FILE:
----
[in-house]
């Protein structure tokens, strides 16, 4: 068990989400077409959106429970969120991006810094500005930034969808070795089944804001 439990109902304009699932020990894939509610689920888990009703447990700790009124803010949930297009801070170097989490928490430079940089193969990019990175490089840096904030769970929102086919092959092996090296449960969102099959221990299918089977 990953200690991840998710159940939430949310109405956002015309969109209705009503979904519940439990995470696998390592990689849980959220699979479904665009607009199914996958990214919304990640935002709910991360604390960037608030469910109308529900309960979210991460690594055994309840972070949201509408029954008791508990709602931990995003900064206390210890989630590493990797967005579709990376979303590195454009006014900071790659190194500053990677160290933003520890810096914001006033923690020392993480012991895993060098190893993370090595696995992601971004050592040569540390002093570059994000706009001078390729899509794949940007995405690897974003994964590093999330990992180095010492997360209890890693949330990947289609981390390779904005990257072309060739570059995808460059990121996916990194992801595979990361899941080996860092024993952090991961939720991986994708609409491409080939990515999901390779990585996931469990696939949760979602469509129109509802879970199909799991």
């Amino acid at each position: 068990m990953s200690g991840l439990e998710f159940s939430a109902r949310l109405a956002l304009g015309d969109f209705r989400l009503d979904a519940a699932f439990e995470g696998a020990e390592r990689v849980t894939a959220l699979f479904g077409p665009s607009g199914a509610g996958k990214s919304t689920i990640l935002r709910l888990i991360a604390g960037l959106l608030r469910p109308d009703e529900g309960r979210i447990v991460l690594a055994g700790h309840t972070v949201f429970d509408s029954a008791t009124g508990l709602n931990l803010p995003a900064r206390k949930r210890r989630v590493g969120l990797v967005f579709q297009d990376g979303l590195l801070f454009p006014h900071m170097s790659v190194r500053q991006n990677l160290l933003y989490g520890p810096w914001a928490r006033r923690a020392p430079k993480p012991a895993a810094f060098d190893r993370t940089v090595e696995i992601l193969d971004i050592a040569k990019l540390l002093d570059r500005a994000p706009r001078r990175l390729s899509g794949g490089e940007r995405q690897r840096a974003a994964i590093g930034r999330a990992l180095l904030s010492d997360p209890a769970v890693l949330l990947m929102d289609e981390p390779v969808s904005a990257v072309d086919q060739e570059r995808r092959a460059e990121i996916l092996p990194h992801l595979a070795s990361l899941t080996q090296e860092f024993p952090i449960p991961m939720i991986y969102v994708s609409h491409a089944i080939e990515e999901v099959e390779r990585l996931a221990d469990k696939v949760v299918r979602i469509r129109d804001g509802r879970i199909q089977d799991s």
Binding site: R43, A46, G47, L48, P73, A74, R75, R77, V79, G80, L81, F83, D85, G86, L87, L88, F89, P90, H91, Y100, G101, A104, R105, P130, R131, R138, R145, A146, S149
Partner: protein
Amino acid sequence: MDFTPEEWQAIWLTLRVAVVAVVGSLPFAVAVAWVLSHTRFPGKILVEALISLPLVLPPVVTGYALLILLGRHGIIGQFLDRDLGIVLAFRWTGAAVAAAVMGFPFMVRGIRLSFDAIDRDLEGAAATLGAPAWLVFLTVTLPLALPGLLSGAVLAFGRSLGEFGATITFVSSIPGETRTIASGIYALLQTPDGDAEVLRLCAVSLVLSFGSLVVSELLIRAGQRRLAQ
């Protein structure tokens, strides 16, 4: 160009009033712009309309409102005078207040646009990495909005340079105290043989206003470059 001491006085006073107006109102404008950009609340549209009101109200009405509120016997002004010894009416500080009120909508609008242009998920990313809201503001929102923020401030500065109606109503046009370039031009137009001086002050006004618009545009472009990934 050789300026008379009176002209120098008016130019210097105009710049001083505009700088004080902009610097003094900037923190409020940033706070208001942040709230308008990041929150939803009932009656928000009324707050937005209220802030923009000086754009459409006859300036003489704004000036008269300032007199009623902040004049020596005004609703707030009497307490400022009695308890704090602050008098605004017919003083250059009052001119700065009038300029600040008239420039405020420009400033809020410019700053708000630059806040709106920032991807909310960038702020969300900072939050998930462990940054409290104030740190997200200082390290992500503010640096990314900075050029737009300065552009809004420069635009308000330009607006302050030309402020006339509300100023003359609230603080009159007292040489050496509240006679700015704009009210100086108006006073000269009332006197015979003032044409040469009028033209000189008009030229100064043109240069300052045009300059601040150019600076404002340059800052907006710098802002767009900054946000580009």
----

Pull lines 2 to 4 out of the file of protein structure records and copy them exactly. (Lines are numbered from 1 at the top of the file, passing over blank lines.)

């Protein structure tokens, strides 16, 4: 068990989400077409959106429970969120991006810094500005930034969808070795089944804001 439990109902304009699932020990894939509610689920888990009703447990700790009124803010949930297009801070170097989490928490430079940089193969990019990175490089840096904030769970929102086919092959092996090296449960969102099959221990299918089977 990953200690991840998710159940939430949310109405956002015309969109209705009503979904519940439990995470696998390592990689849980959220699979479904665009607009199914996958990214919304990640935002709910991360604390960037608030469910109308529900309960979210991460690594055994309840972070949201509408029954008791508990709602931990995003900064206390210890989630590493990797967005579709990376979303590195454009006014900071790659190194500053990677160290933003520890810096914001006033923690020392993480012991895993060098190893993370090595696995992601971004050592040569540390002093570059994000706009001078390729899509794949940007995405690897974003994964590093999330990992180095010492997360209890890693949330990947289609981390390779904005990257072309060739570059995808460059990121996916990194992801595979990361899941080996860092024993952090991961939720991986994708609409491409080939990515999901390779990585996931469990696939949760979602469509129109509802879970199909799991």
């Amino acid at each position: 068990m990953s200690g991840l439990e998710f159940s939430a109902r949310l109405a956002l304009g015309d969109f209705r989400l009503d979904a519940a699932f439990e995470g696998a020990e390592r990689v849980t894939a959220l699979f479904g077409p665009s607009g199914a509610g996958k990214s919304t689920i990640l935002r709910l888990i991360a604390g960037l959106l608030r469910p109308d009703e529900g309960r979210i447990v991460l690594a055994g700790h309840t972070v949201f429970d509408s029954a008791t009124g508990l709602n931990l803010p995003a900064r206390k949930r210890r989630v590493g969120l990797v967005f579709q297009d990376g979303l590195l801070f454009p006014h900071m170097s790659v190194r500053q991006n990677l160290l933003y989490g520890p810096w914001a928490r006033r923690a020392p430079k993480p012991a895993a810094f060098d190893r993370t940089v090595e696995i992601l193969d971004i050592a040569k990019l540390l002093d570059r500005a994000p706009r001078r990175l390729s899509g794949g490089e940007r995405q690897r840096a974003a994964i590093g930034r999330a990992l180095l904030s010492d997360p209890a769970v890693l949330l990947m929102d289609e981390p390779v969808s904005a990257v072309d086919q060739e570059r995808r092959a460059e990121i996916l092996p990194h992801l595979a070795s990361l899941t080996q090296e860092f024993p952090i449960p991961m939720i991986y969102v994708s609409h491409a089944i080939e990515e999901v099959e390779r990585l996931a221990d469990k696939v949760v299918r979602i469509r129109d804001g509802r879970i199909q089977d799991s």
Binding site: R43, A46, G47, L48, P73, A74, R75, R77, V79, G80, L81, F83, D85, G86, L87, L88, F89, P90, H91, Y100, G101, A104, R105, P130, R131, R138, R145, A146, S149